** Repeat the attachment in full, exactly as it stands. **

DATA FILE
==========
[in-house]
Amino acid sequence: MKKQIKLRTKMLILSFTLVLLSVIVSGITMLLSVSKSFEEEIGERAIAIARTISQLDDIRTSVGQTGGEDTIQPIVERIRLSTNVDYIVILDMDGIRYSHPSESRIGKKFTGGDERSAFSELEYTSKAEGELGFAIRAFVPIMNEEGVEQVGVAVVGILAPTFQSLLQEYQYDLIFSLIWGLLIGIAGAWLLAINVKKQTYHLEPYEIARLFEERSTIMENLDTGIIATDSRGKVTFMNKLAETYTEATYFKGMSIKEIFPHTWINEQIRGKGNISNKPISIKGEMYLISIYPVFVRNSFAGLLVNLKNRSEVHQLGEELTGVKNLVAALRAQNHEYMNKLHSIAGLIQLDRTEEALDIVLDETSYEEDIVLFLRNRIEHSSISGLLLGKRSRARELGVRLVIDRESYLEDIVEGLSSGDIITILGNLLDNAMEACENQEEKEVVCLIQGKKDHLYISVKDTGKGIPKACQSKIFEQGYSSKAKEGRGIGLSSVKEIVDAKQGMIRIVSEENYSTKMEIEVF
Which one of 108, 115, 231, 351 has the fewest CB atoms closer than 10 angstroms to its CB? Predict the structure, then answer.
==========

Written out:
[in-house]
Amino acid sequence: MKKQIKLRTKMLILSFTLVLLSVIVSGITMLLSVSKSFEEEIGERAIAIARTISQLDDIRTSVGQTGGEDTIQPIVERIRLSTNVDYIVILDMDGIRYSHPSESRIGKKFTGGDERSAFSELEYTSKAEGELGFAIRAFVPIMNEEGVEQVGVAVVGILAPTFQSLLQEYQYDLIFSLIWGLLIGIAGAWLLAINVKKQTYHLEPYEIARLFEERSTIMENLDTGIIATDSRGKVTFMNKLAETYTEATYFKGMSIKEIFPHTWINEQIRGKGNISNKPISIKGEMYLISIYPVFVRNSFAGLLVNLKNRSEVHQLGEELTGVKNLVAALRAQNHEYMNKLHSIAGLIQLDRTEEALDIVLDETSYEEDIVLFLRNRIEHSSISGLLLGKRSRARELGVRLVIDRESYLEDIVEGLSSGDIITILGNLLDNAMEACENQEEKEVVCLIQGKKDHLYISVKDTGKGIPKACQSKIFEQGYSSKAKEGRGIGLSSVKEIVDAKQGMIRIVSEENYSTKMEIEVF
Which one of 108, 115, 231, 351 has the fewest CB atoms closer than 10 angstroms to its CB? Predict the structure, then answer.